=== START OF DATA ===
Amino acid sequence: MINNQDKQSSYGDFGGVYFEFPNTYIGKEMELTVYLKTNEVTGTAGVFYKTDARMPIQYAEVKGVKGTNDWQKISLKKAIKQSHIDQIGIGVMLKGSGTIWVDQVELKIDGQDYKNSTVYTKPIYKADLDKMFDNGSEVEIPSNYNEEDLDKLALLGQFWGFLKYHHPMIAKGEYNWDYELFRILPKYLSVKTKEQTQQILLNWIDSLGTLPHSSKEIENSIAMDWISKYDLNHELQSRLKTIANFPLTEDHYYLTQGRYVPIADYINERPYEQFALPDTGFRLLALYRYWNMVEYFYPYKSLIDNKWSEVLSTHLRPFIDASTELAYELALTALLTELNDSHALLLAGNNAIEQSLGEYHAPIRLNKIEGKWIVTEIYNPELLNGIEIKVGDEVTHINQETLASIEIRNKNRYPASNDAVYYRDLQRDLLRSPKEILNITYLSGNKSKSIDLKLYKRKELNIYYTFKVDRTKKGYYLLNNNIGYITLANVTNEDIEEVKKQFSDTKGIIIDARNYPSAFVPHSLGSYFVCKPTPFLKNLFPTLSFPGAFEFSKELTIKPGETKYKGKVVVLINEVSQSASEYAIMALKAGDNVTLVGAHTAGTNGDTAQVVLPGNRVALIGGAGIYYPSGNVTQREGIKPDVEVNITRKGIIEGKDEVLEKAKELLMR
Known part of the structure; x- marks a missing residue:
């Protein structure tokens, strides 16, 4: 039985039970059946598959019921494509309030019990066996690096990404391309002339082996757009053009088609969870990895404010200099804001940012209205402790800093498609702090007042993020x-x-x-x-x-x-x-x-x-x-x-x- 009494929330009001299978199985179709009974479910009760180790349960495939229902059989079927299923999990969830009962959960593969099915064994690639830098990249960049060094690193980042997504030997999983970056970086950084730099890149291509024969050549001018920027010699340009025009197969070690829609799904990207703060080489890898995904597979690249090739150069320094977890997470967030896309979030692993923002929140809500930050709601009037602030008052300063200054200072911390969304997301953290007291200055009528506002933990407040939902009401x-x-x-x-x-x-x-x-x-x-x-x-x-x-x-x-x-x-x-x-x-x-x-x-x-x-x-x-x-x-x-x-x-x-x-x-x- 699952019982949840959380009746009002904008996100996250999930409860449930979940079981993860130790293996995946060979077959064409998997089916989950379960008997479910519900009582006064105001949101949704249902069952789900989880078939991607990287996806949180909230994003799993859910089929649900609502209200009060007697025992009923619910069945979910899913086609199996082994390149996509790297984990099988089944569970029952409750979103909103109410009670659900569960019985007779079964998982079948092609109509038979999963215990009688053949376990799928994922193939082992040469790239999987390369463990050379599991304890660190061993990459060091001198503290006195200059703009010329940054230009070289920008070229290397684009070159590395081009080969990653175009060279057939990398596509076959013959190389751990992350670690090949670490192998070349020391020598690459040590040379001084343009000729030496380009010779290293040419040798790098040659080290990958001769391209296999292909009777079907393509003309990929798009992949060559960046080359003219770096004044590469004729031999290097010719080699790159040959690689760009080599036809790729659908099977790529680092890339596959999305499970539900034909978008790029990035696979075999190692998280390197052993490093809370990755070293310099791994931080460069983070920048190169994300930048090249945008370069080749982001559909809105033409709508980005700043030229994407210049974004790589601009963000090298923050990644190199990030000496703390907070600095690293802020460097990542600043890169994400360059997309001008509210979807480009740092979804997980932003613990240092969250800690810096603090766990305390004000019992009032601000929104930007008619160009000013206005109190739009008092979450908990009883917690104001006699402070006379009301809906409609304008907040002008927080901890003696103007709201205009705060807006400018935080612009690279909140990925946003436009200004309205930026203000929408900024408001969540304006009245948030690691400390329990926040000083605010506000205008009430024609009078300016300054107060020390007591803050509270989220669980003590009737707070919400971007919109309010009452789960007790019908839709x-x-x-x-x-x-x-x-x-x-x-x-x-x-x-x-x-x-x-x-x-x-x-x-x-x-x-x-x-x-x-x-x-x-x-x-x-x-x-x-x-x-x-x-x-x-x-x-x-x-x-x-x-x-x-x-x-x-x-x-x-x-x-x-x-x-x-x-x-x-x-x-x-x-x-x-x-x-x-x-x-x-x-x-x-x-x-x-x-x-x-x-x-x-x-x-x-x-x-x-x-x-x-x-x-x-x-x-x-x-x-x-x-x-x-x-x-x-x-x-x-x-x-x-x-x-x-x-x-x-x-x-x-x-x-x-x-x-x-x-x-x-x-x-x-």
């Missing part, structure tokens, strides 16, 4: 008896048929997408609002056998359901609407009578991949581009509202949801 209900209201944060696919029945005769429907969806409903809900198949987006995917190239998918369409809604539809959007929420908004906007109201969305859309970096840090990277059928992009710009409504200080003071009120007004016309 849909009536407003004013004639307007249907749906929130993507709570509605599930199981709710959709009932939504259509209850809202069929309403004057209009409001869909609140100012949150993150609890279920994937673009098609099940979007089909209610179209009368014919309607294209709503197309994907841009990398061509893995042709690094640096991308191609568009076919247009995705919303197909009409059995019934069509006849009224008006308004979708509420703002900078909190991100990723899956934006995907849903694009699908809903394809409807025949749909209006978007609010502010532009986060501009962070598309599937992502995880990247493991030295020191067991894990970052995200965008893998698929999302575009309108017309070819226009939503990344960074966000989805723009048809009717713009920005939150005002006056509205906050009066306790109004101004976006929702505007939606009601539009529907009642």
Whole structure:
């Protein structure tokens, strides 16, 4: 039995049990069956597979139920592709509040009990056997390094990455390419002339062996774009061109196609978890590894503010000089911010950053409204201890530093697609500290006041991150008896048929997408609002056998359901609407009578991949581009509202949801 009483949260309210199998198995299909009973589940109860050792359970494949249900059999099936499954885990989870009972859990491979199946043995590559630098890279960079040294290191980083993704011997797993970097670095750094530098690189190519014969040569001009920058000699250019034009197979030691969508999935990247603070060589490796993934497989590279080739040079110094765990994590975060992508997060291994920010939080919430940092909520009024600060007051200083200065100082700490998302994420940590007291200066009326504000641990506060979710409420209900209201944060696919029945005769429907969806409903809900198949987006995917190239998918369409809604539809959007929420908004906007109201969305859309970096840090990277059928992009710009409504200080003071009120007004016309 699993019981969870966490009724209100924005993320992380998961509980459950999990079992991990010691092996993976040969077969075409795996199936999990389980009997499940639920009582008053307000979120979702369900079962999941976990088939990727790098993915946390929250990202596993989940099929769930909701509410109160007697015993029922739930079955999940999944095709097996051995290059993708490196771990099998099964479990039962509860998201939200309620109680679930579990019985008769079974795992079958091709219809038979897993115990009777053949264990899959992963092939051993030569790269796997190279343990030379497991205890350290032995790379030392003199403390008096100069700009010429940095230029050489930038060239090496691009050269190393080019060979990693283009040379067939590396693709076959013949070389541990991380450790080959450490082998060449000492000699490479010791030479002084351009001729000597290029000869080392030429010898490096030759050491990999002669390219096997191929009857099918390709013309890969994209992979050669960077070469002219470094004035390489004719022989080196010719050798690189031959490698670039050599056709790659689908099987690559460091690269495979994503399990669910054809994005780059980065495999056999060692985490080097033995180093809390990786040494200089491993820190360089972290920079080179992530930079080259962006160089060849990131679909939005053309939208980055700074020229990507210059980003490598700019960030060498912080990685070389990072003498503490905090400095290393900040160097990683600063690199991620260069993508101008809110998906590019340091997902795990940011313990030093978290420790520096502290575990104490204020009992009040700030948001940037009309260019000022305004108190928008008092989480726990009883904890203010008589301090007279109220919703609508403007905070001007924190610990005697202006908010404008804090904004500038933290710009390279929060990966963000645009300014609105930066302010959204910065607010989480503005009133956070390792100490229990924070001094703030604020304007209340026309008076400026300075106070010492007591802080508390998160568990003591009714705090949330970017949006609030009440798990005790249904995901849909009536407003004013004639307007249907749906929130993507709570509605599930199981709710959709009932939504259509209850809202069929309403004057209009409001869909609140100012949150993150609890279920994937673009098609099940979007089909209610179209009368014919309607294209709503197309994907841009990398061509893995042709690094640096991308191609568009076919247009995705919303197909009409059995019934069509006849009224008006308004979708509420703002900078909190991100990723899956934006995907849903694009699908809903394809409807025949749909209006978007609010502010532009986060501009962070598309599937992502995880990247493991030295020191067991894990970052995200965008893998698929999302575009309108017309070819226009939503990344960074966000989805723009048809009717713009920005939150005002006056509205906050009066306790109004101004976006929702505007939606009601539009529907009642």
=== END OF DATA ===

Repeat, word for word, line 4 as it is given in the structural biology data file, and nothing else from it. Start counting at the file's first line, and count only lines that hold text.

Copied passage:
């Missing part, structure tokens, strides 16, 4: 008896048929997408609002056998359901609407009578991949581009509202949801 209900209201944060696919029945005769429907969806409903809900198949987006995917190239998918369409809604539809959007929420908004906007109201969305859309970096840090990277059928992009710009409504200080003071009120007004016309 849909009536407003004013004639307007249907749906929130993507709570509605599930199981709710959709009932939504259509209850809202069929309403004057209009409001869909609140100012949150993150609890279920994937673009098609099940979007089909209610179209009368014919309607294209709503197309994907841009990398061509893995042709690094640096991308191609568009076919247009995705919303197909009409059995019934069509006849009224008006308004979708509420703002900078909190991100990723899956934006995907849903694009699908809903394809409807025949749909209006978007609010502010532009986060501009962070598309599937992502995880990247493991030295020191067991894990970052995200965008893998698929999302575009309108017309070819226009939503990344960074966000989805723009048809009717713009920005939150005002006056509205906050009066306790109004101004976006929702505007939606009601539009529907009642």